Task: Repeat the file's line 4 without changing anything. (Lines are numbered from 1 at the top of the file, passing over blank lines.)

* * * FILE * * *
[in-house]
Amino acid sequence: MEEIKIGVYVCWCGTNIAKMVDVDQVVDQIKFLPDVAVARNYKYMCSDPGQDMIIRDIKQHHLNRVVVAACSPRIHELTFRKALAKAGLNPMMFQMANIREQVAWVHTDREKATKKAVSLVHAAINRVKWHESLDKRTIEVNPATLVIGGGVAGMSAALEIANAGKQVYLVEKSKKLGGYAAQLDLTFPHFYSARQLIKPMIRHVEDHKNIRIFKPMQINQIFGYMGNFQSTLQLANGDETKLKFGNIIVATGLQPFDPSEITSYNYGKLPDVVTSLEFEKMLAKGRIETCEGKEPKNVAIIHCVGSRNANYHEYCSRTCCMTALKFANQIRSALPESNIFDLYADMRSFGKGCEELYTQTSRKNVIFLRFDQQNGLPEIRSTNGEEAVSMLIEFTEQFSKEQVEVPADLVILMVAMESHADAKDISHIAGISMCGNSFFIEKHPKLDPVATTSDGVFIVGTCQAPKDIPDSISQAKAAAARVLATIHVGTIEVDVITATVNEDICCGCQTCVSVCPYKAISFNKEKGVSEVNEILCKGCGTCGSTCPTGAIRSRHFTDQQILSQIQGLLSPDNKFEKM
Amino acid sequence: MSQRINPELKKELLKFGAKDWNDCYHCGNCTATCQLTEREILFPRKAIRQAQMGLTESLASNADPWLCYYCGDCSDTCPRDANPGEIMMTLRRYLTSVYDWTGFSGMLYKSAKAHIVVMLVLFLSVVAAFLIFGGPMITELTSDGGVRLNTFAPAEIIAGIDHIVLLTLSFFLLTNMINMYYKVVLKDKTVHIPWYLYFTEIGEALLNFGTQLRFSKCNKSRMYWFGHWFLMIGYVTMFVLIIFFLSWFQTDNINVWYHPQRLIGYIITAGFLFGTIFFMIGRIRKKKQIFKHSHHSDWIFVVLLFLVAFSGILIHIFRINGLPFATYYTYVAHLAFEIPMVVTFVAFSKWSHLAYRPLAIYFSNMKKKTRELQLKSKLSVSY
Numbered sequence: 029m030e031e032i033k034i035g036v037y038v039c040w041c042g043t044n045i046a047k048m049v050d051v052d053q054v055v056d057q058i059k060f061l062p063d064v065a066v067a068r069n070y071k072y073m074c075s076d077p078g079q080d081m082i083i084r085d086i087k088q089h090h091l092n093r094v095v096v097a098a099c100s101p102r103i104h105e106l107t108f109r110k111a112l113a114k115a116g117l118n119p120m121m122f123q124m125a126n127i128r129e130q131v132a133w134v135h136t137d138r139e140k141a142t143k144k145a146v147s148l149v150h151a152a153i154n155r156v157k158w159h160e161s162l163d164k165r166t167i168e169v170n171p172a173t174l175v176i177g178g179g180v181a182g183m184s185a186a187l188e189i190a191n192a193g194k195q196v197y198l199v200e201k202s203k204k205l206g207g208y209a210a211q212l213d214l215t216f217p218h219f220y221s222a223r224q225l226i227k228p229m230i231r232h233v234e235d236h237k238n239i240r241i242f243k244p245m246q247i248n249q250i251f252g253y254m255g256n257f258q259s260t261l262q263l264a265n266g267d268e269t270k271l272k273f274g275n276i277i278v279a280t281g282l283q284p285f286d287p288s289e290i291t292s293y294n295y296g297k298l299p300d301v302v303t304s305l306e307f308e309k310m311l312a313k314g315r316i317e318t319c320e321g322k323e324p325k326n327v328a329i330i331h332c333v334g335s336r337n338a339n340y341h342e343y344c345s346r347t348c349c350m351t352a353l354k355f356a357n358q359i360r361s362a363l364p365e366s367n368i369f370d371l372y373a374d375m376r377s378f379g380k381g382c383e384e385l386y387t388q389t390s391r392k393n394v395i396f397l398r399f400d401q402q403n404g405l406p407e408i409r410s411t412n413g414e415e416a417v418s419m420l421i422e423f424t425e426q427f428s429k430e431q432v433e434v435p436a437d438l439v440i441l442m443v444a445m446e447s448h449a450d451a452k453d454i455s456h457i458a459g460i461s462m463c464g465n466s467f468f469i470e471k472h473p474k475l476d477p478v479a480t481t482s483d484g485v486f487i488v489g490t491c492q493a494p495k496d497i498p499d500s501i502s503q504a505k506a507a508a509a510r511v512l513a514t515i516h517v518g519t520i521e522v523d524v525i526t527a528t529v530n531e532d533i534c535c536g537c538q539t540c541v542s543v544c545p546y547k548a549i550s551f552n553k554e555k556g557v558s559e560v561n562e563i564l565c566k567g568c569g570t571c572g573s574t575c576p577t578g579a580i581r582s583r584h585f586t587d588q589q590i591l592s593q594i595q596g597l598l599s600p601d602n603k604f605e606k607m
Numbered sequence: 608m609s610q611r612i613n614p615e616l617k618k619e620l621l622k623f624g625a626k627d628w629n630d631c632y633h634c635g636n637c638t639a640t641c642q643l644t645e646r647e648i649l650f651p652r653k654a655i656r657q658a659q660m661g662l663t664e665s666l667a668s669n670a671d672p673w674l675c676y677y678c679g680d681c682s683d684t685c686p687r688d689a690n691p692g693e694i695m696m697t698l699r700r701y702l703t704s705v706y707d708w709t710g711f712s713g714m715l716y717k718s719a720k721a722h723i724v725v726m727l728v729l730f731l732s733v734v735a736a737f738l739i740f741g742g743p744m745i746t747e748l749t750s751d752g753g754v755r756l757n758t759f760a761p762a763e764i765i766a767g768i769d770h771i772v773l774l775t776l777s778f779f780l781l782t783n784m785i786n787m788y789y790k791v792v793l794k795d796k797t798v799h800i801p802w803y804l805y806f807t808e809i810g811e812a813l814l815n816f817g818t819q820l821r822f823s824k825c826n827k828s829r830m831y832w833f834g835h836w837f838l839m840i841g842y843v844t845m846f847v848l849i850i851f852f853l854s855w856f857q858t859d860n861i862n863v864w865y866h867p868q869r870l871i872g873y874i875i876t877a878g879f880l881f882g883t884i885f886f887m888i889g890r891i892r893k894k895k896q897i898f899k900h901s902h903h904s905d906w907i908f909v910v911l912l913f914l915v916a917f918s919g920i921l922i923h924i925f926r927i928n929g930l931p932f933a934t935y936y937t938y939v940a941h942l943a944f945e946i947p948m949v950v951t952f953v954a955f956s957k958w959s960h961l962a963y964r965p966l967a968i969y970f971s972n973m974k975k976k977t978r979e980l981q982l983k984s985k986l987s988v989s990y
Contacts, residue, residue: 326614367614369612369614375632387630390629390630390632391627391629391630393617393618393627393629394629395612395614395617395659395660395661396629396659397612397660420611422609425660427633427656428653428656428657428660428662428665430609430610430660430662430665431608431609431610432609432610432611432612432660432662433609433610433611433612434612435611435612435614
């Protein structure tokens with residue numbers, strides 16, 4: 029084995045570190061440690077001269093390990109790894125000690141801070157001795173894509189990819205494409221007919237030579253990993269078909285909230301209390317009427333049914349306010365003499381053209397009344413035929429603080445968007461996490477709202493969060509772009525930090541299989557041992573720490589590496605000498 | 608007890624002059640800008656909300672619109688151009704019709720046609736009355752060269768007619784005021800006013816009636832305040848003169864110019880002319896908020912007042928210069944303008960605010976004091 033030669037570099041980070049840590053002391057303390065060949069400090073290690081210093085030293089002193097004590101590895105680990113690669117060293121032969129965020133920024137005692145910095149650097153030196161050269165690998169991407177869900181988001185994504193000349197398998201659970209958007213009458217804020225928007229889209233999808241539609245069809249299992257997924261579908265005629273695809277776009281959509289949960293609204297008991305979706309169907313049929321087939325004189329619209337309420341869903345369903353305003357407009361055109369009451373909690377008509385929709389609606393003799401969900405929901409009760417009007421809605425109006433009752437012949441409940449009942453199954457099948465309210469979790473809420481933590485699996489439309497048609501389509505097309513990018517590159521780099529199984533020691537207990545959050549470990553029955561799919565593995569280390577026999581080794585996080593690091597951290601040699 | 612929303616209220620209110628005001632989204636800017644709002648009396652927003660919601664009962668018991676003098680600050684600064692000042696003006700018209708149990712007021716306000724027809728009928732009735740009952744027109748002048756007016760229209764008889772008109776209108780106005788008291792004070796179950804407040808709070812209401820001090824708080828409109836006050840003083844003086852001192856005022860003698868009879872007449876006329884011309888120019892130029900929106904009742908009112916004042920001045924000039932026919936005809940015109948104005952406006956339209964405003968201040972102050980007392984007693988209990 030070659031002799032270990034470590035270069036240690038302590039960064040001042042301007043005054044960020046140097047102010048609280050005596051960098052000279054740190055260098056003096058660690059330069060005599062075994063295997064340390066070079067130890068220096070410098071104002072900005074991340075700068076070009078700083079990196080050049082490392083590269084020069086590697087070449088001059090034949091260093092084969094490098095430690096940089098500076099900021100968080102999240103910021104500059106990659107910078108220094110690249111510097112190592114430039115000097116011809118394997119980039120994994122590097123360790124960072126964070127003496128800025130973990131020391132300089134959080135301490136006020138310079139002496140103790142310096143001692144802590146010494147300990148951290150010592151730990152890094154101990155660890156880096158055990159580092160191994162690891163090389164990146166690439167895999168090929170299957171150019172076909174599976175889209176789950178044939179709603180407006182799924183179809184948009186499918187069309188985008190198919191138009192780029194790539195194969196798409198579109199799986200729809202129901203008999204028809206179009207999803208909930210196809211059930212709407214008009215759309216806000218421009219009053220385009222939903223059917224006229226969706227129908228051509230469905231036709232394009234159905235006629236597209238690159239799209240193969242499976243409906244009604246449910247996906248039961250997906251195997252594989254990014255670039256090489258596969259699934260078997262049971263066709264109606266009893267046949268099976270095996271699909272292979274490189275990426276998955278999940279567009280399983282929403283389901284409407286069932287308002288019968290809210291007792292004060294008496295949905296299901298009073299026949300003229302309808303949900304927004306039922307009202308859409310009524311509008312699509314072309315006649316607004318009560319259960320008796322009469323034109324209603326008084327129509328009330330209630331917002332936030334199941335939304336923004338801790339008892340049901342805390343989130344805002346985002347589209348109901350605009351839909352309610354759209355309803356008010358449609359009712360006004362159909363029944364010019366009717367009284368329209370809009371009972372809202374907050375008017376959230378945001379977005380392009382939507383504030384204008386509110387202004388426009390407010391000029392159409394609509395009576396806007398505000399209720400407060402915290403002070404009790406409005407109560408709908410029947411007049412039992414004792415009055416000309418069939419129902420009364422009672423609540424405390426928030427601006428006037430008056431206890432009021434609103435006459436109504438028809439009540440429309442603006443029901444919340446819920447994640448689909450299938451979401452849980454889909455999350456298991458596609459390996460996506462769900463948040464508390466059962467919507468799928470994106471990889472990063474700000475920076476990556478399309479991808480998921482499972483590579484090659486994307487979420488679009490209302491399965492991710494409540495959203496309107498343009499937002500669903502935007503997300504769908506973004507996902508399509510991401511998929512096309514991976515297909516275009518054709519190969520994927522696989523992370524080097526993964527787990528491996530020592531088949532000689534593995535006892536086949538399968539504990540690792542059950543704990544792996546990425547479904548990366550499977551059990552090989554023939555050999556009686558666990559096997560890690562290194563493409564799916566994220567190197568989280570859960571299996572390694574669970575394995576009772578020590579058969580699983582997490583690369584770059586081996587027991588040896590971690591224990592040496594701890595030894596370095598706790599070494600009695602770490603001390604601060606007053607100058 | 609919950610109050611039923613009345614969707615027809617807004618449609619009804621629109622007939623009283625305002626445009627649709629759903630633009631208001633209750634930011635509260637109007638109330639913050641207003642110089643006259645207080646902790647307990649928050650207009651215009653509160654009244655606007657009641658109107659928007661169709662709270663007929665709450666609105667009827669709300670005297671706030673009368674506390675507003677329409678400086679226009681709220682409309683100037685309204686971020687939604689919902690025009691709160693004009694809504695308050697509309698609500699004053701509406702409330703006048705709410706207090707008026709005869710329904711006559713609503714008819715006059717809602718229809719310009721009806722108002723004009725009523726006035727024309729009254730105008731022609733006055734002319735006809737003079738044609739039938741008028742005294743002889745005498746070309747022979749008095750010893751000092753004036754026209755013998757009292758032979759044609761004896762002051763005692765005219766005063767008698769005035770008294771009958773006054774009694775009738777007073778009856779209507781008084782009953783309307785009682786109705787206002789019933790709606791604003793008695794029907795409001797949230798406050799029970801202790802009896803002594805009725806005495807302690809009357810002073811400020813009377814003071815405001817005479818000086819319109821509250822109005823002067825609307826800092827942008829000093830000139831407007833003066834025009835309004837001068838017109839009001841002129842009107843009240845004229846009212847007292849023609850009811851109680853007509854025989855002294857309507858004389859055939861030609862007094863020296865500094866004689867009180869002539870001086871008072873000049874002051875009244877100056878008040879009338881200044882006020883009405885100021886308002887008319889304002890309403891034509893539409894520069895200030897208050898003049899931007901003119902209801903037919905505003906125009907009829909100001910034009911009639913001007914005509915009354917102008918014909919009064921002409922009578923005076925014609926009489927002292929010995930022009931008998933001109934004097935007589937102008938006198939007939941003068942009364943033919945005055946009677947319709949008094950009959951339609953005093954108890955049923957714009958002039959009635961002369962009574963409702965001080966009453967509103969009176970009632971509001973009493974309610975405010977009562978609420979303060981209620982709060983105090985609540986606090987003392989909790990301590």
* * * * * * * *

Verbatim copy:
Numbered sequence: 029m030e031e032i033k034i035g036v037y038v039c040w041c042g043t044n045i046a047k048m049v050d051v052d053q054v055v056d057q058i059k060f061l062p063d064v065a066v067a068r069n070y071k072y073m074c075s076d077p078g079q080d081m082i083i084r085d086i087k088q089h090h091l092n093r094v095v096v097a098a099c100s101p102r103i104h105e106l107t108f109r110k111a112l113a114k115a116g117l118n119p120m121m122f123q124m125a126n127i128r129e130q131v132a133w134v135h136t137d138r139e140k141a142t143k144k145a146v147s148l149v150h151a152a153i154n155r156v157k158w159h160e161s162l163d164k165r166t167i168e169v170n171p172a173t174l175v176i177g178g179g180v181a182g183m184s185a186a187l188e189i190a191n192a193g194k195q196v197y198l199v200e201k202s203k204k205l206g207g208y209a210a211q212l213d214l215t216f217p218h219f220y221s222a223r224q225l226i227k228p229m230i231r232h233v234e235d236h237k238n239i240r241i242f243k244p245m246q247i248n249q250i251f252g253y254m255g256n257f258q259s260t261l262q263l264a265n266g267d268e269t270k271l272k273f274g275n276i277i278v279a280t281g282l283q284p285f286d287p288s289e290i291t292s293y294n295y296g297k298l299p300d301v302v303t304s305l306e307f308e309k310m311l312a313k314g315r316i317e318t319c320e321g322k323e324p325k326n327v328a329i330i331h332c333v334g335s336r337n338a339n340y341h342e343y344c345s346r347t348c349c350m351t352a353l354k355f356a357n358q359i360r361s362a363l364p365e366s367n368i369f370d371l372y373a374d375m376r377s378f379g380k381g382c383e384e385l386y387t388q389t390s391r392k393n394v395i396f397l398r399f400d401q402q403n404g405l406p407e408i409r410s411t412n413g414e415e416a417v418s419m420l421i422e423f424t425e426q427f428s429k430e431q432v433e434v435p436a437d438l439v440i441l442m443v444a445m446e447s448h449a450d451a452k453d454i455s456h457i458a459g460i461s462m463c464g465n466s467f468f469i470e471k472h473p474k475l476d477p478v479a480t481t482s483d484g485v486f487i488v489g490t491c492q493a494p495k496d497i498p499d500s501i502s503q504a505k506a507a508a509a510r511v512l513a514t515i516h517v518g519t520i521e522v523d524v525i526t527a528t529v530n531e532d533i534c535c536g537c538q539t540c541v542s543v544c545p546y547k548a549i550s551f552n553k554e555k556g557v558s559e560v561n562e563i564l565c566k567g568c569g570t571c572g573s574t575c576p577t578g579a580i581r582s583r584h585f586t587d588q589q590i591l592s593q594i595q596g597l598l599s600p601d602n603k604f605e606k607m